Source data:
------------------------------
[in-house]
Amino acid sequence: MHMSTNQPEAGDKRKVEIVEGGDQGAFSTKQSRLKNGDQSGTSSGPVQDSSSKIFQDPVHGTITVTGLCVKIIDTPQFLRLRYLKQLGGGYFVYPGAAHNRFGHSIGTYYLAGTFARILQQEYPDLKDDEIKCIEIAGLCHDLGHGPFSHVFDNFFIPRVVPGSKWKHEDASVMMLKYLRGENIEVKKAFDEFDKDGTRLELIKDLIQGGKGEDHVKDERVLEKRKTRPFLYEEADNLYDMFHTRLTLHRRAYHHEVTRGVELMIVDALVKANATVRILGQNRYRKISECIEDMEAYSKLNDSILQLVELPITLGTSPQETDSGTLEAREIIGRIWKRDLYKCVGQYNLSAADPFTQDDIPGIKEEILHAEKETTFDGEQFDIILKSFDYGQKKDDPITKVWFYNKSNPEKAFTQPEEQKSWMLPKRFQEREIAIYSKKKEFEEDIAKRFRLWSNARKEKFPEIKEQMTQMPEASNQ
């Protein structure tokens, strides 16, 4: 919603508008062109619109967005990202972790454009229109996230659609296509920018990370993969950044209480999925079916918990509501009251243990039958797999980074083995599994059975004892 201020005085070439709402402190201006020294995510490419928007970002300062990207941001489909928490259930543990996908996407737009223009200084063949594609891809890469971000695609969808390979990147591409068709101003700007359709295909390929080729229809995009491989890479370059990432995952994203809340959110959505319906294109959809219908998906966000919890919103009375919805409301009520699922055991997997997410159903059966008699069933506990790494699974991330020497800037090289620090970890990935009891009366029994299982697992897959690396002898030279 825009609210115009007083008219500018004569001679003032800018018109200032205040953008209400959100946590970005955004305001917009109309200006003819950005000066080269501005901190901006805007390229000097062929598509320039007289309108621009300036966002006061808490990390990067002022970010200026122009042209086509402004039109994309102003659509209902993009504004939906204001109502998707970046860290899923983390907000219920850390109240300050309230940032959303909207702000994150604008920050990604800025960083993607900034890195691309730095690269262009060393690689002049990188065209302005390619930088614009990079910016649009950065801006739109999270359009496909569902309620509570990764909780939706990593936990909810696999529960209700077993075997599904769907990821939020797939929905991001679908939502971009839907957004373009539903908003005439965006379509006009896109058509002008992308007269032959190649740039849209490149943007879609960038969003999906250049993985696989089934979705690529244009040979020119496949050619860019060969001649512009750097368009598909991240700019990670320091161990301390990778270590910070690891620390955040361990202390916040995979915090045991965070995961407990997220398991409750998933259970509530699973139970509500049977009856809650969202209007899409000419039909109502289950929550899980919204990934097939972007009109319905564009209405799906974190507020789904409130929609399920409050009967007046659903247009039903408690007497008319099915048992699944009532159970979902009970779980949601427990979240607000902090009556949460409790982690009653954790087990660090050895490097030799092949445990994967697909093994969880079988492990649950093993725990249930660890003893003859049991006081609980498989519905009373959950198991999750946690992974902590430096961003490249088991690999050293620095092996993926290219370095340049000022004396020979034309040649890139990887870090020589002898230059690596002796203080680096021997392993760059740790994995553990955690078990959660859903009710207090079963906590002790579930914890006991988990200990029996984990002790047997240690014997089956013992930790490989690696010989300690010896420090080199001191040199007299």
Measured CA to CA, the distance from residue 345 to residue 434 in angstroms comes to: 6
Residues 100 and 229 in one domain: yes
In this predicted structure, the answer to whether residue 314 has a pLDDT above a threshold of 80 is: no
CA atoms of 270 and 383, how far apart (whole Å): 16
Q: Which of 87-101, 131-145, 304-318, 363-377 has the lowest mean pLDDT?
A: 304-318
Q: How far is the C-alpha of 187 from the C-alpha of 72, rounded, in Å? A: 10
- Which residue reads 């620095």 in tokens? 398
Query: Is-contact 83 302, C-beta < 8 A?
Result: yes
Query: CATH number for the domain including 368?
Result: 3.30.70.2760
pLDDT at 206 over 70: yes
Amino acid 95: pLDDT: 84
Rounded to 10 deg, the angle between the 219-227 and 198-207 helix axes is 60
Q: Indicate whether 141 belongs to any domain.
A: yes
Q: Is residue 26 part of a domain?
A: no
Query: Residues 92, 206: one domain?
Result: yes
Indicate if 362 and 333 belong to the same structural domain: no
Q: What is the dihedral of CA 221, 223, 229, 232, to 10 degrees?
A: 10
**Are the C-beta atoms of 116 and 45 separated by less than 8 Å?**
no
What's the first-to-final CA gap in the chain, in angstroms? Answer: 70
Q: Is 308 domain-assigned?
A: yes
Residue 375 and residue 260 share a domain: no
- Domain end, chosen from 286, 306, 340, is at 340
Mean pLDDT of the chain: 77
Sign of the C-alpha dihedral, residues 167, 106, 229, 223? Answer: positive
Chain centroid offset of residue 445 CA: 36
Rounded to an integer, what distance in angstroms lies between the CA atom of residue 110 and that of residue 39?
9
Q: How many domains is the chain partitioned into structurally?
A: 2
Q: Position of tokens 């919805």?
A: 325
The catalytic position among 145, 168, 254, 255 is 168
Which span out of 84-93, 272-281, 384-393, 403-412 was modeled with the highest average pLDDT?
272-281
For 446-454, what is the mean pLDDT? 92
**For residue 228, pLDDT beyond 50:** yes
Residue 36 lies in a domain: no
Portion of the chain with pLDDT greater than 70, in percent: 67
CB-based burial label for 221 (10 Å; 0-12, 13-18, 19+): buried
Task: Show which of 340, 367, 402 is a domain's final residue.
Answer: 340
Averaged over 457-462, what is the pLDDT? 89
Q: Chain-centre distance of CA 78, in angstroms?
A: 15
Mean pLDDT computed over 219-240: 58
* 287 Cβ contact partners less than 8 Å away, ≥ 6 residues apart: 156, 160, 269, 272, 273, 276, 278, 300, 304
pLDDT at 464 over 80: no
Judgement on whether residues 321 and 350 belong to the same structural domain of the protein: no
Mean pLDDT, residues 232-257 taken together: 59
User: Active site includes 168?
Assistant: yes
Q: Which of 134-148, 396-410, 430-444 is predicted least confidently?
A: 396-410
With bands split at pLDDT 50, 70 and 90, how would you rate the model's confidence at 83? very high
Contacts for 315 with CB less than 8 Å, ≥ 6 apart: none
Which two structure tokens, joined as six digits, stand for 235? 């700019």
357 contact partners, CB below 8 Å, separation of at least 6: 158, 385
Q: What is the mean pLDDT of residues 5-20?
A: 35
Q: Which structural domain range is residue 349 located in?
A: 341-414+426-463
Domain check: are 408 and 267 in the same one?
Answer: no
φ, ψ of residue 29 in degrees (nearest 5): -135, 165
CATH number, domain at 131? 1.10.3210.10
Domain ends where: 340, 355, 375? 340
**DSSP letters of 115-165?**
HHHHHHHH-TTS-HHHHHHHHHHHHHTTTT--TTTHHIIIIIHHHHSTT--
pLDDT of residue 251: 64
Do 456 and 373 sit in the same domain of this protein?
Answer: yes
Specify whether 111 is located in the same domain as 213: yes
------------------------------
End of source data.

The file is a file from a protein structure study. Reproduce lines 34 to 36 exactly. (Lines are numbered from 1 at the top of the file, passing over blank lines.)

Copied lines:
- Domain end, chosen from 286, 306, 340, is at 340
Mean pLDDT of the chain: 77
Sign of the C-alpha dihedral, residues 167, 106, 229, 223? Answer: positive